4 plants in the New Zealand bush you can eat in a survival situation
Gathering water is a top priority if trapped in the New Zealand bush, but dining on native edible plants can provide additional energy and sustenance to survive.
Words: Mieke Couling
You’d be a bit silly to enter the bush unprepared to face unfortunate circumstances, but if you ever do find yourself having to survive in the wild, it will only aid your situation if you have some basic knowledge about edible wild plants.
While surviving on native edible plants in the NZ bush is unlikely to maintain your weight, they should provide you with the energy and sustenance to survive. The average person can survive around 30 days without food but only three days without water so gathering food should not be your priority in a survival situation.
But if the situation is somewhat longer-term then energy levels need to be maintained and boredom and depression need to be avoided. For these reasons, gathering wild plant foods can be extremely beneficial.
The easiest and most recognisable for most people would be NZ’s native ferns. Some caution is required here as only a few of the many hundreds of fern species are edible, although it appears none are highly poisonous. Even the edible ones are likely to have some carcinogenic qualities but as survival food, this may not be avoidable.
Māori commonly ate the roots of bracken fern (rārahu) and although their preparation methods were quite complex, in a survival situation you could roast them and chew them to obtain the juices. The fibrous part of the root is edible but according to Elsdon Best (author of Forest Lore of the Maori), it’s not terribly pleasant to swallow. The young fronds (the koru-shaped fiddleheads) have historically been eaten but are now known to be carcinogenic. Although the carcinogenic compound appears to be destroyed with cooking, it’s best to avoid this plant unless absolutely necessary and only eat it after cooking.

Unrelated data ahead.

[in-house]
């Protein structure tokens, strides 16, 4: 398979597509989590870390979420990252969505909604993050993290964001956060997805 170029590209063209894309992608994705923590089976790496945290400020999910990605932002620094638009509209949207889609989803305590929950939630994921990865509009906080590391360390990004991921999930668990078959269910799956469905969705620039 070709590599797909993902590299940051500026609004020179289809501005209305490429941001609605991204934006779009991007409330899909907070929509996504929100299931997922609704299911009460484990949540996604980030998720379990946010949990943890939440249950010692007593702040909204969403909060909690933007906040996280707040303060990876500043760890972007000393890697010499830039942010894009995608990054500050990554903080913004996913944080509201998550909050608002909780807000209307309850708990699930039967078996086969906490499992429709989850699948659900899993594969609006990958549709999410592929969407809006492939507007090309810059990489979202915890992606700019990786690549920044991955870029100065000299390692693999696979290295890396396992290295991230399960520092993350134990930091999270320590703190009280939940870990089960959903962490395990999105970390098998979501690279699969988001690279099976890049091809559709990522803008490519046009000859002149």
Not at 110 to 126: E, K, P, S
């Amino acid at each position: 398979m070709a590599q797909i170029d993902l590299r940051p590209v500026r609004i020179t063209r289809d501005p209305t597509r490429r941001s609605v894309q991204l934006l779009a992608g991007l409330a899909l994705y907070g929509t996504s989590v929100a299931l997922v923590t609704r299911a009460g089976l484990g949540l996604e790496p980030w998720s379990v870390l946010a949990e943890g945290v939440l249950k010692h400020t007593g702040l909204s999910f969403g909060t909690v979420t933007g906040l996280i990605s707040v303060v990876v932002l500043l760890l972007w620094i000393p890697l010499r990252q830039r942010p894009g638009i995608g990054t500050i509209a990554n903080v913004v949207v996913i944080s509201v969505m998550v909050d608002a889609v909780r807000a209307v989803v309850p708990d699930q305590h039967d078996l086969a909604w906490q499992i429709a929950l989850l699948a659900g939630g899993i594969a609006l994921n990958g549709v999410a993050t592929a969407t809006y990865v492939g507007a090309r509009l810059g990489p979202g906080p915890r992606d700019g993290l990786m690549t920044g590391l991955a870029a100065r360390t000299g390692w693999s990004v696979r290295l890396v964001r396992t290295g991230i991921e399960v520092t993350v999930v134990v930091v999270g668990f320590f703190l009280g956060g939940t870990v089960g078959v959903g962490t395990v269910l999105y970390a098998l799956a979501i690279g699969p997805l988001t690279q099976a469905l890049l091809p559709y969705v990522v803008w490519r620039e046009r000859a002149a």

It’s preferable to obtain the young shoots, or fiddleheads, of the hen and chickens fern (mouku), the common shield fern (pikopiko), the gully fern (pākau), or the hound’s tongue fern (kōwaowao). All of these young fronds are quite palatable when steamed or boiled until just tender.
The easily-recognised mamaku (black tree fern) is a useful survival food to know. Māori steamed the mamaku pith taken from the trunk but due to the slow regeneration of the tree, it was only used in times of scarcity or by travellers.
Removing the pith from the trunk prevents the tree from renewing and should only be attempted in a genuine survival situation. According to Andrew Crowe, author of A Field Guide to the Native Edible Plants of New Zealand, it’s possible to remove some of the pith from the frond stems without damaging the tree. These can then be sundried, steamed, baked, or boiled.
2. CABBAGE TREE
Another tree that grows in abundance in New Zealand is the cabbage tree (tī kōuka). The tender shoots of all types of cabbage trees can be eaten, raw or cooked. The trick is to get the new shoots growing out of the top of the stem, peel away the outer leaves and eat the tender white part, which looks a bit like a leek and tastes a bit like cabbage.
Depending on the season and the age of the shoots, the taste can be fairly bitter but this does improve somewhat with cooking. Due to the year-round availability of this plant, it truly is a great survival food.
Another great survival food to keep in mind is the supplejack (kareao). The new growth at the end of the vine has a mild similarity to asparagus or green beans and are at their best in summer and eaten cooked. The berries are little red ones and can be found throughout the year. They don’t taste brilliant but do provide some good protein and energy. The tubers and leaves of supplejack are all purportedly edible but not known to have been consumed by anyone on a regular basis.
The well-known nīkau palm is not only beautiful, but it also supposedly provides one of the best bush meals in New Zealand. The tender heart or cabbage is a delicacy but sadly removing it will kill the tree and as these special palms take around 20 -200 years to grow it’s highly unethical to remove the heart simply to eat it unless you are facing an absolute dire emergency. This delicate heart of the palm is commonly referred to as the millionaire’s salad.